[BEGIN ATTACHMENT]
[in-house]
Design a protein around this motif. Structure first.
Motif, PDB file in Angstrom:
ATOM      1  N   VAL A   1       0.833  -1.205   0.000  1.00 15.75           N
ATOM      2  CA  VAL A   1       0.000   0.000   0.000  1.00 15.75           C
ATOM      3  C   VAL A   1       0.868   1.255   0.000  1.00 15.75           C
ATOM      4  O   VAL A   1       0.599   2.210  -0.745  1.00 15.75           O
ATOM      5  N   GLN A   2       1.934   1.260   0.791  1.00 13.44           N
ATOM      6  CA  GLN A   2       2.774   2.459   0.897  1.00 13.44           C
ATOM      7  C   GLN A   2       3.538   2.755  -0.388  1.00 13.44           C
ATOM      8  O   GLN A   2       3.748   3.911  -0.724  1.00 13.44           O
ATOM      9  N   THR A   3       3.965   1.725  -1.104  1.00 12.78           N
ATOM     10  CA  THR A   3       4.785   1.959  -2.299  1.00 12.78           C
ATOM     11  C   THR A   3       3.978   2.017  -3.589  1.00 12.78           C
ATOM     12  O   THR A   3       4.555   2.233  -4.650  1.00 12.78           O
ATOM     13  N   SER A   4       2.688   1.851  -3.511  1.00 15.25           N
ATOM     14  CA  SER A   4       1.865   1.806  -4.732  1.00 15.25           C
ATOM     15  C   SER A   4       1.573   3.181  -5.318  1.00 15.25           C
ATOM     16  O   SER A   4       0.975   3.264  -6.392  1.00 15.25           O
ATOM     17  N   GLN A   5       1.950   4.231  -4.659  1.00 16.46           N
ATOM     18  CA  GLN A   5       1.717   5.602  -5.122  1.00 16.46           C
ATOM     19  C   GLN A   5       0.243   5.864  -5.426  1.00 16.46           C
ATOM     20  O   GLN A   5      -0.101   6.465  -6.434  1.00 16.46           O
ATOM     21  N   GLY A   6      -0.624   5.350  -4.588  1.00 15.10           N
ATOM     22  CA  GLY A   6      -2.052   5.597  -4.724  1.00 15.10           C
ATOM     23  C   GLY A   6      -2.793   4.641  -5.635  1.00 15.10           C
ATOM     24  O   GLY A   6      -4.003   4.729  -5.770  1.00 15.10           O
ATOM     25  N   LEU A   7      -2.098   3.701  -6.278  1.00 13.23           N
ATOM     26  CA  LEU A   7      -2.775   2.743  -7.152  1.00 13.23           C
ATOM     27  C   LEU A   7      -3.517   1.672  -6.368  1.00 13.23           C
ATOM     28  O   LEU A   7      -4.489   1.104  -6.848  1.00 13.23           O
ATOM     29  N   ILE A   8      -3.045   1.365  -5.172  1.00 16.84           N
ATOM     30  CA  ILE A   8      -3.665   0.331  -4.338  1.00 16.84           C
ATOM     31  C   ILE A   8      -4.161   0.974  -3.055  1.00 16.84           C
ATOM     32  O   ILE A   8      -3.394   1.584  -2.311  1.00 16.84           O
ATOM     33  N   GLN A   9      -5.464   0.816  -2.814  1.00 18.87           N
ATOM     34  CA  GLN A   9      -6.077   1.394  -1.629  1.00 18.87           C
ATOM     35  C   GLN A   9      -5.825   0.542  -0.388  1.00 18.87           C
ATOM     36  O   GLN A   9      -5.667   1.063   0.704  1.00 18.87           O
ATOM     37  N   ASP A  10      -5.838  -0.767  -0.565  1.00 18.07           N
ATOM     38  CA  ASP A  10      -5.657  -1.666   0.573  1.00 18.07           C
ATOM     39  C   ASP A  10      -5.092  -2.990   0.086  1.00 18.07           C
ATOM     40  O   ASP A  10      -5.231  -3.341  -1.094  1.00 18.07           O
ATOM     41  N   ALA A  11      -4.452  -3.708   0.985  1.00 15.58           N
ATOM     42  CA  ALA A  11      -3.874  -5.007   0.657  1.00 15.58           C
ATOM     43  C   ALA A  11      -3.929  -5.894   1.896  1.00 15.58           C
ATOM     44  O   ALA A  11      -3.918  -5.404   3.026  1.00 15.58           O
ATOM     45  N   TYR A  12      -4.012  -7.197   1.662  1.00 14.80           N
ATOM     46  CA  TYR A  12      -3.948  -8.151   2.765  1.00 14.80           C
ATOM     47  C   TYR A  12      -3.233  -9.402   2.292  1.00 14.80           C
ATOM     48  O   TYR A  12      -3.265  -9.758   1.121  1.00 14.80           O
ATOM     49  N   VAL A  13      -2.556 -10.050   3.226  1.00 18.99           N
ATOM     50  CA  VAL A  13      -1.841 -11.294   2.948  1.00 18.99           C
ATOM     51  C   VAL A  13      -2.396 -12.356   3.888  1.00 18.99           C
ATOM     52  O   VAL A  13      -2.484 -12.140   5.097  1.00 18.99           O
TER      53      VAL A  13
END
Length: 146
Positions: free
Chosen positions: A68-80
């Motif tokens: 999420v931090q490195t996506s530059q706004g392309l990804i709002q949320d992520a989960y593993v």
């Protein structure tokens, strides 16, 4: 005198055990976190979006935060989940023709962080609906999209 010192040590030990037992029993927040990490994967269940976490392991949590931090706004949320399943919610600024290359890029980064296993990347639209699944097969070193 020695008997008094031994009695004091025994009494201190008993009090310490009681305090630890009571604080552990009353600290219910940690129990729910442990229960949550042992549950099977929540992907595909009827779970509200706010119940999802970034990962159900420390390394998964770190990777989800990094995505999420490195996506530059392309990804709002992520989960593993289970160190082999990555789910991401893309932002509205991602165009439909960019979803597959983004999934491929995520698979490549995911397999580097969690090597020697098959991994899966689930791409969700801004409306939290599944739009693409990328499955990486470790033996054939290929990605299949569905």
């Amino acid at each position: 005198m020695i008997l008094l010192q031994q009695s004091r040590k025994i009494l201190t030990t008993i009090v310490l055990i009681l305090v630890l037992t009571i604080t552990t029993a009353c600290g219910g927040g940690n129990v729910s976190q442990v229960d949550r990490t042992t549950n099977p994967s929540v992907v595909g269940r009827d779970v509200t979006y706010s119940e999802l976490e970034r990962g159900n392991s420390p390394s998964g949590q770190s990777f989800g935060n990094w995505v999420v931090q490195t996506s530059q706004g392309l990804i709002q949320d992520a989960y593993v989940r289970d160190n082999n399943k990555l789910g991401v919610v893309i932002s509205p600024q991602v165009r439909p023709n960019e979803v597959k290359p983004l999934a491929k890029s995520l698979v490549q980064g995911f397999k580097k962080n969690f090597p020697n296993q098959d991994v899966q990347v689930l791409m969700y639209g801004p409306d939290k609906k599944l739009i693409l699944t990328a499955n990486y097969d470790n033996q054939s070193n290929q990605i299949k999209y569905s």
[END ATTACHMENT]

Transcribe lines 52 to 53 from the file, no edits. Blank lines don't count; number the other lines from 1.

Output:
ATOM     49  N   VAL A  13      -2.556 -10.050   3.226  1.00 18.99           N
ATOM     50  CA  VAL A  13      -1.841 -11.294   2.948  1.00 18.99           C